google-site-verification: google28f501b00d980d5f.html Flat-faced felines are paying the price for perfection warns Battersea - Vetpol Community

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Flat-faced felines are paying the price for perfection warns Battersea

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  • Flat-faced felines are paying the price for perfection warns Battersea

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    Leading animal welfare charity Battersea Dogs & Cats Home has today warned that cats, much like their canine counterparts, are needlessly suffering because they have been bred to look a certain way. The charity’s warning comes after six flat-faced cats arrived at the London rescue centre in the same week, with all but the youngest two, a pair of three-week-old kittens, requiring medical treatment for breed-related health issues.
    In recent years animal welfare and veterinary organisations have successfully raised public awareness about the health crisis facing brachycephalic, or ‘flat faced’, dogs, and Battersea believes that more must now be done to make cats part of the conversation.
    With their huge eyes, tiny noses and lush manes of fur, it is easy to see why breeds with exaggerated features such as Persian, Exotic Shorthair and Scottish Fold cats can be appealing, both to potential owners and to the millions of social media users who follow accounts dedicated to these types of cat.
    From celebrities like Taylor Swift, Ed Sheeran and Martha Stewart regularly posting photos of their Scottish Fold and Persian cats to millions of followers, to hashtags such as ‘flat face’ and ‘flat face cat’ having over 435,000 and 75,000 Instagram users respectively, Battersea believes that social media has played a role in glamourising health defects in cats, turning them in to something viewed as ‘cute’ and desirable by an unsuspecting public. Internet star Grumpy Cat, arguably the most famous feline in the world and definitely the most recognisable thanks to her exaggerated facial features, had a staggering 2.7 million followers before she passed away earlier this year, whilst a Chinchilla Persian cat named Wilfred became an overnight sensation around the world after a video of him went viral due to his unusual appearance including bulging eyes and a severe underbite.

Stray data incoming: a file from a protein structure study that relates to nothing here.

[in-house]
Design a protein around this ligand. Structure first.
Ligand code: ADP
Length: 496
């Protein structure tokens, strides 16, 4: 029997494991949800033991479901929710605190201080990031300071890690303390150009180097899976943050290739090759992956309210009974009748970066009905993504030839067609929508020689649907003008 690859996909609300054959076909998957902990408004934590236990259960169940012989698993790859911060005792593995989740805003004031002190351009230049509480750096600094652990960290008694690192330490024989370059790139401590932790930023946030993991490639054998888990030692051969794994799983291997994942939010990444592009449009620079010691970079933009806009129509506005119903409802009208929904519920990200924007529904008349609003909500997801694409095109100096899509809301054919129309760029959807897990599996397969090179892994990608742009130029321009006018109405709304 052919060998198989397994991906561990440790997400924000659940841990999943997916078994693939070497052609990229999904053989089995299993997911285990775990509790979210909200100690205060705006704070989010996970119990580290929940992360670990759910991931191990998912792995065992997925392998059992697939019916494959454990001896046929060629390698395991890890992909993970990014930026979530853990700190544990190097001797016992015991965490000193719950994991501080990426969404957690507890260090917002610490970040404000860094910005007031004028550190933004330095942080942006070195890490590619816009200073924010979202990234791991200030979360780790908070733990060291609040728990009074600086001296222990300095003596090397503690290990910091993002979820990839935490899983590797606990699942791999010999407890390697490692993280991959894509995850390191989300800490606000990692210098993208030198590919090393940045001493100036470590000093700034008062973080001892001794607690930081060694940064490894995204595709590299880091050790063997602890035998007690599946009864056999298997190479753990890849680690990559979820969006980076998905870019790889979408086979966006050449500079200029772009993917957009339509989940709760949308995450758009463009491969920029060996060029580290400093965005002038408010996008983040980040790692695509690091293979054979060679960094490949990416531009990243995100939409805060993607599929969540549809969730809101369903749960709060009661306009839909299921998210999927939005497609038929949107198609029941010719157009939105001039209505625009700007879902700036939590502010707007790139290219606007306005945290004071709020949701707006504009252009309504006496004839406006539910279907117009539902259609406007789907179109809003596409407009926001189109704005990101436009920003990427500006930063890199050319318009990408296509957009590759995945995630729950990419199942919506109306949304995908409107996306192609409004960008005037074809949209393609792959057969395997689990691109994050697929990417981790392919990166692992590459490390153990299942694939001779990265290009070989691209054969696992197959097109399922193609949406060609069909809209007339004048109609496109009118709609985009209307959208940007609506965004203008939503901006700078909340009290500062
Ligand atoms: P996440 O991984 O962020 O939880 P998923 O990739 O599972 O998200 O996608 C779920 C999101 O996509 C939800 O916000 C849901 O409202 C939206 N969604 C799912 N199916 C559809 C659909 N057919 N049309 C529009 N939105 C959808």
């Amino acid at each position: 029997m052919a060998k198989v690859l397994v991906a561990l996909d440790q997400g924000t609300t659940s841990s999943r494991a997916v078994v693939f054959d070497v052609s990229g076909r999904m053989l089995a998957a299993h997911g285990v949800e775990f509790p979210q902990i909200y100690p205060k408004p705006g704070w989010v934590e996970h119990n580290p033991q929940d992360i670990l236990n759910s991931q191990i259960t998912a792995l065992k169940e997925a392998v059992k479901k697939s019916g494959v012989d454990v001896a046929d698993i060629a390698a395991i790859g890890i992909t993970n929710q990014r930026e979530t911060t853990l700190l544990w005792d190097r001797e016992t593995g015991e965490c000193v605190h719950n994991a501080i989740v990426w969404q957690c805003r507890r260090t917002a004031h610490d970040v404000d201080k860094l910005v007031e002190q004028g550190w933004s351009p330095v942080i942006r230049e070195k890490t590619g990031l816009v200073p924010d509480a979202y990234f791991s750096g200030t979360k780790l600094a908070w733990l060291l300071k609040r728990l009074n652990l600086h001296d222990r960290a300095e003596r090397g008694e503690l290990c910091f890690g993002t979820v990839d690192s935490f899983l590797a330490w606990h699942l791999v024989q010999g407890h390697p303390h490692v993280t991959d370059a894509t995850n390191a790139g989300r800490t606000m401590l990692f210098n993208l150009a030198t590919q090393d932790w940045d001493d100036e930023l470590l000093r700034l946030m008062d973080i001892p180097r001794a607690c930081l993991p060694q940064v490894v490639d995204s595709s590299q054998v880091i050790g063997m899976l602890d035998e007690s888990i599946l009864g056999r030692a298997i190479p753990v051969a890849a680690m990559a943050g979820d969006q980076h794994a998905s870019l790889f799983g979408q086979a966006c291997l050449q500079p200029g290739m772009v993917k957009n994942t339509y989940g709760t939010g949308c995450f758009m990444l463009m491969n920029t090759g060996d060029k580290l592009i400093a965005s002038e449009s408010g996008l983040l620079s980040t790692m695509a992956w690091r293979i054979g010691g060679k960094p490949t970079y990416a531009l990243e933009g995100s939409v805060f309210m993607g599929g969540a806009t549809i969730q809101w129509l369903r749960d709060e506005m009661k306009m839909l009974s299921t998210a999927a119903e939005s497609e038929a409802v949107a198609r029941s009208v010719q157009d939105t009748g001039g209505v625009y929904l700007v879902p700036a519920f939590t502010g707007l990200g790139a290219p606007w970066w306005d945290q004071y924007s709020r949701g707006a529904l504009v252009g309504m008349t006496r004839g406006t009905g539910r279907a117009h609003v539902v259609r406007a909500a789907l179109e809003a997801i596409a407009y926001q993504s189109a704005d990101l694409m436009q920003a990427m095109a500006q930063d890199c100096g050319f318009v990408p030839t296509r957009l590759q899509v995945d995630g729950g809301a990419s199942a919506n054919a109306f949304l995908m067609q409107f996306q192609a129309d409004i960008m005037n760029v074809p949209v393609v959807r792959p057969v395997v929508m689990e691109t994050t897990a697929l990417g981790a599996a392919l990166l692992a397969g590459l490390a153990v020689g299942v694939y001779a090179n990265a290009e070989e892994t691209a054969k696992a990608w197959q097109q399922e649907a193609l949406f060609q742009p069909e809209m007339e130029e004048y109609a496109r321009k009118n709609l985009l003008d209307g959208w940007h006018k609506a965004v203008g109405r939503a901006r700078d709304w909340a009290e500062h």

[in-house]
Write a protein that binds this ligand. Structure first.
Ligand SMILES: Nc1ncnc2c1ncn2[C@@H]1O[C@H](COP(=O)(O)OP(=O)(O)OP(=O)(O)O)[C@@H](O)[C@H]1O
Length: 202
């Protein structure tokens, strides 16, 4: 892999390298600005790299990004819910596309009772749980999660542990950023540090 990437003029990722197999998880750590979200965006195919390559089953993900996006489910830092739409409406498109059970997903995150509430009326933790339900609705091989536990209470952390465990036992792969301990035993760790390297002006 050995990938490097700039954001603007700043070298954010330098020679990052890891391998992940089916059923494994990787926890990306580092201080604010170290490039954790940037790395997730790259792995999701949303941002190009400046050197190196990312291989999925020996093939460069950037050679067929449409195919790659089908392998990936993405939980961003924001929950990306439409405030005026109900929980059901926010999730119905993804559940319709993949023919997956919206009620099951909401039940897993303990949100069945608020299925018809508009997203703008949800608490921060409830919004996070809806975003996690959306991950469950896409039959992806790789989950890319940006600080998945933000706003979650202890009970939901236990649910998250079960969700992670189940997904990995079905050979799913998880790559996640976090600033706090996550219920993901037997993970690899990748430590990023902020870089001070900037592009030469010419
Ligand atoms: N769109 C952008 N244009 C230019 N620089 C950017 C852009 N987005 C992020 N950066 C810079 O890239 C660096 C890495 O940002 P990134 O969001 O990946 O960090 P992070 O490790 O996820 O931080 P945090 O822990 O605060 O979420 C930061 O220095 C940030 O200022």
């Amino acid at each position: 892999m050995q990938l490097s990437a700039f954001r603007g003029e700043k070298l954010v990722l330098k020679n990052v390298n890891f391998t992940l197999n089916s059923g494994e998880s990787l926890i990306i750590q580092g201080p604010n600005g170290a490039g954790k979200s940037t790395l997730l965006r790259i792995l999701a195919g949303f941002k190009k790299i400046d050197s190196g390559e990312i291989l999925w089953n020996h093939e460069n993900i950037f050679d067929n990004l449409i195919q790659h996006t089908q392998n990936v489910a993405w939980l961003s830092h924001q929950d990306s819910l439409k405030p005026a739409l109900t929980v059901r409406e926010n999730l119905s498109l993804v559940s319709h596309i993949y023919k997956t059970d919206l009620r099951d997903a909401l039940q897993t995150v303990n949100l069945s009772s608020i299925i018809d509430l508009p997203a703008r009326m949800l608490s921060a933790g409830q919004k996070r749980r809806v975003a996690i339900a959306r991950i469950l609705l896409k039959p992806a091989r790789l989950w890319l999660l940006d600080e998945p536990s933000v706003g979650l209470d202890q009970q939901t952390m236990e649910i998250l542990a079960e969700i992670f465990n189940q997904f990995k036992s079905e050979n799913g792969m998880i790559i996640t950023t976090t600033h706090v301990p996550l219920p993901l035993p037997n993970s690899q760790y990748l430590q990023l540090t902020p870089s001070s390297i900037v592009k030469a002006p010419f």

Battersea’s Head Vet, Shaun Opperman said: “At Battersea we treat our animals for a wide variety of health issues, a number of which are specifically related to how these animals have been bred to look. In an apparent quest to make them look increasingly photogenic or fashionable, these cats can sadly spend their whole lives suffering with a range of health problems ranging from matted fur and eye infections to difficulty breathing and degenerative diseases.”

    There are several pedigree cat breeds that face genetic health issues, however one of the breeds that most consistently requires medical attention upon arriving at Battersea, is the Persian. One such cat is CeeCee, a four-year-old Persian currently residing at Battersea’s London cattery while she waits for crucial surgery to help her breathe. When CeeCee first arrived, her fur was heavily matted, she was suffering from excessively watery eyes and it didn’t staff long to notice that whenever she moved around, her breathing became laboured. Vets at Battersea’s Clinic are now considering whether to operate on the young cat’s nose to widen her almost non-existent nostrils in a bid to make breathing easier for her. These same vets recently performed surgery on a male four-year-old Persian named Rucca to remove one of his eyes, which had become irreparably damaged due to chronic ulceration, an issue faced by many flat-faced cats.

    Rucca wasn’t the only Persian with severe eye problems to arrive at one of Battersea’s centres in recent months. Last year the charity’s Old Windsor centre took in Humphrey, a Persian with a lifelong history of conjunctivitis and weeping eyes that required daily cleaning. Beneath his fur the three-year-old cat had excessive skin folds including around his eyes which had led to painful dermatitis.
    While charities like Battersea do everything they can to help these cats, many of the problems they face cannot be cured and they will continue to face a level of discomfort or health issues for the rest of their lives.

    Shaun added: “If it weren’t for the unrelated circumstances that brought these cats to Battersea, they would have potentially continued suffering for the rest of their lives, possibly without their owners ever believing anything was wrong. With many of the pedigree cats that are brought to us, we can see that the owners clearly loved their pets, however their lack of breed knowledge means that they have unknowingly neglected their care, such as not grooming often enough or failing to consult a vet at the right time.

    “As with any type of cat, pedigrees can of course make wonderful pets for the right owners, however we would urge anyone thinking of adding a cat to the family to first consider adopting from a rescue like Battersea. If you do have your heart set on buying a cat, do your research first and ensure that you make a decision based on your lifestyle and an individual cat’s needs, rather than what might get the most likes on Instagram.”

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